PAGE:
5. 5. 4. Testing Results The testing results from Schmidt Hammer (NDE) are reported in Table 1 and the results from the load test are shown by the table and graph as Table 2 and Figure 5 respectively. 5. Analysis of Load Test Results The results from the testing (both the maximum and rebound deflections) must be compared with the allowable maximum and rebound deflections (that are calculate from Equation (2) and (3) respectively as shown in Table 3. Table 1: Schmidt Hammer Testing Results. (The average concrete strength from Schmidt hammer is 214 ksc.) Rebound No. f'c (ksc) Rebound No. f'c (ksc) Rebound No. f'c (ksc) 32 194 32 194 36 261 33 211 36 261 38 296 33 183 35 246 35 246 31 183 33 211 35 246 29 155 31 183 34 225 32 194 32 194 33 211 33 211 36 261 32 194 30 158 33 211 38 296 32 194 33 211 36 261 32 194 30 158 36 261 31 183 30 158 35 246 34 225 36 261 38 296 32 194 36 261 33 211 33 211 32 194 32 194 31 183 31 183 36 261 31 183 31 183 32 194 29 155 32 194 35 246 33 211 33 211 32 194 33 211 36 261 38 296 32 194 34 225 36 261 32 194 36 261 35 246 32 194 30 158 33 211 33 211 30 158 32 194 33 211 31 183 32 194 Table 2: Dial Gauges Readings. Dial Gauge Reading (mm) G1 G2 G3 G4 G5 G6 G7 G8 G9 Load 0% 0.00 0.00 0.00 0.00 0.00 0.00 0.00 0.00 0.00 Load 25% (Step 1) 1.25 1.25 0.55 1.25 1.13 1.14 1 2.96 0.89 Load 50% (Step 2) 1.86 1.85 1.05 1.96 2.60 2.70 1.48 3.41 1.27 Load 75% (Step 3) 2.57 2.6 1.72 3.83 3.62 3.44 2.12 4.03 1.83 Load 100% (Step 4) 3.05 3.07 2.11 4.29 4.11 3.94 2.48 4.35 2.12 Load 100% held for 24 hours 3.26 3.31 2.25 4.57 4.4 4.13 2.63 4.53 2.4 Released Load 50% 2.36 2.39 1.48 3.52 3.35 3.22 1.91 3.81 2.36 Released Load 100% 0.72 0.71 0.07 0.68 1.47 1.68 0.59 2.57 2.33 Released Load 100% held for 24 hours 0.65 1.64 0.01 0.60 0.94 1.57 0.49 2.47 2.17 *Corresponding author (Saharat Buddhawanna). Tel: 66-2-5643005 ext3248. E-mail: bsaharat@engr.tu.ac.th. 2015. International Transaction Journal of Engineering, Management, & Applied Sciences & Technologies. Volume 6 No.1 ISSN 2228-9860 eISSN 1906-9642. Online Available at http://TUENGR.COM/V06/013.pdf. 17
  6. 6. Figure 5: Graph Relationship between Time and Loading Percentage. Table 3: Testing Deflection (Δ max and Δ rebound) and Allowable Rebound Deflections from ACI 318 Dial Gauge No. Δmax (mm.) Δ rebound (mm.) (Δmax )/4 (mm.) G1 3.26 0.65 0.81 G2 3.31 1.64 0.82 G3 2.25 0.01 0.56 G4 4.57 0.60 1.14 G5 4.40 0.94 1.10 G6 4.13 1.57 1.03 G7 2.63 0.49 0.65 G8 4.53 2.47 1.13 G9 2.40 2.17 0.60 Note 1. All maximum deflections (Δ max ) from testing must be less than the calculated deflection that equals 8.33 mm. (calculated from Equation (2)). 2. The rebound deflections must be less than the calculated rebound deflections that are shown in the last column of Table 3. Figure 6: Relationships between Deflection and Maximum Load Percentage for Dial Gage No.4. For the Rebound Hammer test results, the concrete strength average is 214 ksc as shown in Table 2 that means the slab concrete strength is rather common for the building construction. 18 Saharat Buddhawanna, Boonsap Witchayangkoon, and Songpol Panmekiat
  7. 7. The graph, that is shown in Figure 6, show the relationships between the deflection of the maximum slab deflection for the dial gage no.4 (G4) is 4.57 mm and the rebound deflection is to 0.6 mm. For the dial gage no.9 (G9), the maximum slab deflection is 2.4 mm and the rebound deflection is 2.17 mm as shown in Figure 7. From the load test results, all maximum deflections (Δ max ) from the testing must be less than the calculated deflection that is 8.33 mm. (calculated from Equation (2)) and the rebound deflections must be less than the calculated rebound deflections that are shown in the last column of Table 3 as well. This building has been suggested for repair because some rebound deflections still exist in the slab structure as shown in Table 3. Figure 7: Relationships between Deflection and Maximum Load Percentage for Dial Gage No.9 6. Conclusions This work investigates structural strength by NDE and load test of RC slab structure of primary hospital building, Faculty of Medicine, Thammasat University, Thailand. After the construction in 2014, the building is still not yet opened for used as rather huge deflections of the deck slabs have been observed with the naked eye. The undrained rain-waterlog remaining on the roof slap causes more load and corrosion to the reinforced steels. This work performs both nondestructive evaluation (NDE) and load test in order to learn the strength of the problematic deck slabs. The load test results are analyzed both load and rebound portions. The plot of relationship between the loads and deflections and weights against times are analyzed. From test observation, greatest deflections do not beyond maximum allowable defection, according to ACI 318. However, the rebounds at some points are fully recovered while at some points are not. Thus, for long term use, it is suggested for proper repair. 7. References American Concrete Institute, (1995). “Building Code Requirements for Structural Concrete and Commentary.” ACI 318R-95, Washington,D.C. *Corresponding author (Saharat Buddhawanna). Tel: 66-2-5643005 ext3248. E-mail: bsaharat@engr.tu.ac.th. 2015. International Transaction Journal of Engineering, Management, & Applied Sciences & Technologies. Volume 6 No.1 ISSN 2228-9860 eISSN 1906-9642. Online Available at http://TUENGR.COM/V06/013.pdf. 19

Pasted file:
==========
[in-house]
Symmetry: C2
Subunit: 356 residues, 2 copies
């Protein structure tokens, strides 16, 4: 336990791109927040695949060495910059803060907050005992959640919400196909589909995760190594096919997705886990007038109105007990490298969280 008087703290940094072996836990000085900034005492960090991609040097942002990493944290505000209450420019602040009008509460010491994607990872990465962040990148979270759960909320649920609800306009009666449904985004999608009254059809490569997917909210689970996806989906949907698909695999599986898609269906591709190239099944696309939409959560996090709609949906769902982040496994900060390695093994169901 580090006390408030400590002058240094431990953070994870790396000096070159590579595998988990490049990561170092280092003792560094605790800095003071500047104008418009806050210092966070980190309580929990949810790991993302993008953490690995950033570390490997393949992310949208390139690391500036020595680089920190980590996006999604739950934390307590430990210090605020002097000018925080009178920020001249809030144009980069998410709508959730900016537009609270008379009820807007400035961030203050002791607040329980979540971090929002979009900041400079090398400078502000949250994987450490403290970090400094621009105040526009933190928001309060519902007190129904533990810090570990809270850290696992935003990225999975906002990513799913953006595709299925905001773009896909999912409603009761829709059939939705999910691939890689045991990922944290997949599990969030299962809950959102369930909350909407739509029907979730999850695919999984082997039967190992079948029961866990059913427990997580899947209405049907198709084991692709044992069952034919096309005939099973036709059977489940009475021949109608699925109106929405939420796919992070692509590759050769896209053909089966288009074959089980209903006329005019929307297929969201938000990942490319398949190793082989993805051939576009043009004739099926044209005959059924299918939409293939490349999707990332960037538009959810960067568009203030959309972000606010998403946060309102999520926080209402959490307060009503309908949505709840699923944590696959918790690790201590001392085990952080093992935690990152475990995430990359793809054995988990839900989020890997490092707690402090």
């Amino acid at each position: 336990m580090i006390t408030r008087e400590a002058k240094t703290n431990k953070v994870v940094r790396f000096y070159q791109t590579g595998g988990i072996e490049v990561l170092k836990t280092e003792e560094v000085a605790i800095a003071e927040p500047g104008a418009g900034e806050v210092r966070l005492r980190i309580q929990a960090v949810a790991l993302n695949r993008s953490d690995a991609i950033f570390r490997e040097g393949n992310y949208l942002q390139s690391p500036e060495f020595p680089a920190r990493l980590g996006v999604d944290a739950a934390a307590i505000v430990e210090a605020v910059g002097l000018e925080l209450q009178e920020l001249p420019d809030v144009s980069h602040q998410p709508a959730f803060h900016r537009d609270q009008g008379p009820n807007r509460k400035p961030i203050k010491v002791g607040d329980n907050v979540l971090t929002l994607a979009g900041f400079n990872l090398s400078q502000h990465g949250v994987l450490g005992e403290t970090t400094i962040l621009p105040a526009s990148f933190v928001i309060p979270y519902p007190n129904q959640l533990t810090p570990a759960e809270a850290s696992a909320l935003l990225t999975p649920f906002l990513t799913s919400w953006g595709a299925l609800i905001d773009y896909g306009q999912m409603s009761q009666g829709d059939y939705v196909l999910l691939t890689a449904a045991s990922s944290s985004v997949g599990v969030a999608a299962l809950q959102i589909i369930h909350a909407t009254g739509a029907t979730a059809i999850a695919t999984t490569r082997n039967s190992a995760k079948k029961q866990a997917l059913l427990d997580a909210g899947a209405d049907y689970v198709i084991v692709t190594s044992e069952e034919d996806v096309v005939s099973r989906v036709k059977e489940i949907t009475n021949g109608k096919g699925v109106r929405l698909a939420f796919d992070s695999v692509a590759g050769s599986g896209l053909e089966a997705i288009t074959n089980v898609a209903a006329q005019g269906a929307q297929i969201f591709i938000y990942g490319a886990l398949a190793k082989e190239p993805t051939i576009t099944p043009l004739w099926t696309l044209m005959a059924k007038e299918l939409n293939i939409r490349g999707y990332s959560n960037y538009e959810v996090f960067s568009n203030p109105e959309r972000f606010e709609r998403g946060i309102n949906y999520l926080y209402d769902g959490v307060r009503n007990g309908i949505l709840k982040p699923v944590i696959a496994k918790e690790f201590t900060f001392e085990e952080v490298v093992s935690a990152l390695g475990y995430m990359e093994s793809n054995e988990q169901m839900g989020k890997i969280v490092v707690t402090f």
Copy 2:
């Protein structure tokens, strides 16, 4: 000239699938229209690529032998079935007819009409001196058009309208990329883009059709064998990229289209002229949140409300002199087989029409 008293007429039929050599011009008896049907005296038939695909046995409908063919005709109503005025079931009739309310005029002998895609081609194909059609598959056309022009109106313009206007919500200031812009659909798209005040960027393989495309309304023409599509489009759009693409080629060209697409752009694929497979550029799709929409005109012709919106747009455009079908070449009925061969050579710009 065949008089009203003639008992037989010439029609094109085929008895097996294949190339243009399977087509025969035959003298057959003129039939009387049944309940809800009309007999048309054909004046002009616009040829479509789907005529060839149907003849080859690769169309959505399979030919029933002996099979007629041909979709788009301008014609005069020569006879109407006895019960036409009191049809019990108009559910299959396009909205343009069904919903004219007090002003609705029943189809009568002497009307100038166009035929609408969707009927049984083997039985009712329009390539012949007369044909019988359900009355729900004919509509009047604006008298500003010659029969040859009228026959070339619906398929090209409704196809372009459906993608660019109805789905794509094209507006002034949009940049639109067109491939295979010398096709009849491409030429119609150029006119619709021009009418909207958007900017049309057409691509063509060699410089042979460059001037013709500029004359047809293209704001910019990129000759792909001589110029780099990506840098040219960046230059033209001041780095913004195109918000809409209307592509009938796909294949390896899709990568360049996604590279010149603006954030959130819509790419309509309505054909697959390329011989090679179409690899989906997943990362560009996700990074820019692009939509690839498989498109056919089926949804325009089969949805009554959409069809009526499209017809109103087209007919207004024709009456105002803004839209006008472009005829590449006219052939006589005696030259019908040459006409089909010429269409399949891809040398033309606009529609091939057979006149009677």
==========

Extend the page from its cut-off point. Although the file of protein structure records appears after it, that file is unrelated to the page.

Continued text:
8. 8. American Society for Testing and Materials, “Test for Rebound Number of Hardened Concrete.” ASTM C805, USA. Casadei, P., Parretti, R., Nanni, A., and Heinze, T. (2005) “In situ load testing of parking garage reinforced concrete slabs: comparison between 24 h and cyclic load Testing” Practice Periodical on Structural Design and Construction, 40-48. Department of Public Works and Town & Country Planning, (2008). “Standards check reinforced concrete structures by means of non-destructive testing.” Masetti, F., Galati, N., Nehil, T.,and Nanni, A. (2006). “In-situ load test: a case Study.” Fédération Internationale du Béton Proceedings of the 2nd International Congress, Naples, Italy Ramana Reddy, K.V., (2013). “Non- destructive evaluation of in-situ strength of high strength concrete structures.” International Journal of Civil Engineer and Technology, 21-28. Dr. Saharat Buddhawanna is an Assistant Professor of Structural Engineering at Thammasat University in Thailand. He received a Bachelor Degree in Agricultural and Civil Engineering and Master Degree in Structural Engineering from Khonkaen University (KKU), Khonkaen, Thailand. Dr Buddhawanna earned Master and Ph.D. degrees in Civil Engineering concentrated on Structural Engineering field from University of Colorado (UCD), Denver, and Colorado State University (CSU), Fort Collins, Colorado, USA. His research involves non- destructive testing of structures. Dr. B. Witchayangkoon is an Associate Professor of Department of Civil Engineering at Thammasat University. He received his B.Eng. from King Mongkut’s University of Technology Thonburi with Honors. He continued his study at University of Maine, USA, where he obtained his PhD in Spatial Information Science & Engineering. Dr. Witchayangkoon current interests involve applications of emerging technologies to engineering. Songpol Panmekiat is a Master Candidate in Department of Civil Engineering, Faculty of Engineering, Thammasat University, Thailand. He obtained a Bachelor of Engineering from Engineering and Business Management (EBM) Program, Thammasat University. Panmekiat research interests encompass investigations of structures via nondestructive evaluation (NDE). 20 Saharat Buddhawanna, Boonsap Witchayangkoon, and Songpol Panmekiat